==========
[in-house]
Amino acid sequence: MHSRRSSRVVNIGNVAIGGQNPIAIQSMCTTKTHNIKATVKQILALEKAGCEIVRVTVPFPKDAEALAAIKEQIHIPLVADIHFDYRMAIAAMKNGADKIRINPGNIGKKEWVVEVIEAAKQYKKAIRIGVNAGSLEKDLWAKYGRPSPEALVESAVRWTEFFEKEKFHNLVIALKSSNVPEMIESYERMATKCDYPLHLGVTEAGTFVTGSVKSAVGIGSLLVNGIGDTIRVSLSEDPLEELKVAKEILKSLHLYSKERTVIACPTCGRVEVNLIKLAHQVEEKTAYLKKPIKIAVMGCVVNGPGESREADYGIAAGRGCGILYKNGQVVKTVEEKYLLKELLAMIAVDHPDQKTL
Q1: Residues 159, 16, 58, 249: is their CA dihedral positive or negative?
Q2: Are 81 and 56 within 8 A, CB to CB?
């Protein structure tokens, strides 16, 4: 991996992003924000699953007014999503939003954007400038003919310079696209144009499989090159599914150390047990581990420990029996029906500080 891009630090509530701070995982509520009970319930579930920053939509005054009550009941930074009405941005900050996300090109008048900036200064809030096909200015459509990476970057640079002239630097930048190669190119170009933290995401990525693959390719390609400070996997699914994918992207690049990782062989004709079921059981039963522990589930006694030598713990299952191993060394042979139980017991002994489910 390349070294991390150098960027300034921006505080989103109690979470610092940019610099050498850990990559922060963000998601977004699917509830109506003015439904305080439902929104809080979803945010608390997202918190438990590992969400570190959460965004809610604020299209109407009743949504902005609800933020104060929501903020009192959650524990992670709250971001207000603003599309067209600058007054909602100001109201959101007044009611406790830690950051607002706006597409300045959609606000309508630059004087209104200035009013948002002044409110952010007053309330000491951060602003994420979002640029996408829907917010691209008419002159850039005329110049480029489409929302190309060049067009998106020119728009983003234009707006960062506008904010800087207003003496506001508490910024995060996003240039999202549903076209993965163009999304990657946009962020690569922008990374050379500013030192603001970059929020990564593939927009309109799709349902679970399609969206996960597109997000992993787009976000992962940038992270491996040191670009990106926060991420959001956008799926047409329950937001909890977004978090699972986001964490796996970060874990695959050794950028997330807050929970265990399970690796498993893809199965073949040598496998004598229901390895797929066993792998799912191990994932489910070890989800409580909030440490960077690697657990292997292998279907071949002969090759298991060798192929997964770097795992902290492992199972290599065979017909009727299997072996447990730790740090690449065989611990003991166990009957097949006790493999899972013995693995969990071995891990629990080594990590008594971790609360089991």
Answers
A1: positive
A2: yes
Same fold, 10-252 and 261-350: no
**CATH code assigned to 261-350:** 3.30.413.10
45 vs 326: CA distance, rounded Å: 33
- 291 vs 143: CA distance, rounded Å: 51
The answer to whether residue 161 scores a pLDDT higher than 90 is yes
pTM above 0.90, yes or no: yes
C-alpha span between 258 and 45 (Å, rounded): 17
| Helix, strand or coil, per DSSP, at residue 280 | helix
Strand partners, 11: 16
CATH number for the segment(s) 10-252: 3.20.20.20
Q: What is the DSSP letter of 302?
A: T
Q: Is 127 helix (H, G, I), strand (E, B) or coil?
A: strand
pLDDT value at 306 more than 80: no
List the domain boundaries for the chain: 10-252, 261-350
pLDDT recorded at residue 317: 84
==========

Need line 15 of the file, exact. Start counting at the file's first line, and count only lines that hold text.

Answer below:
C-alpha span between 258 and 45 (Å, rounded): 17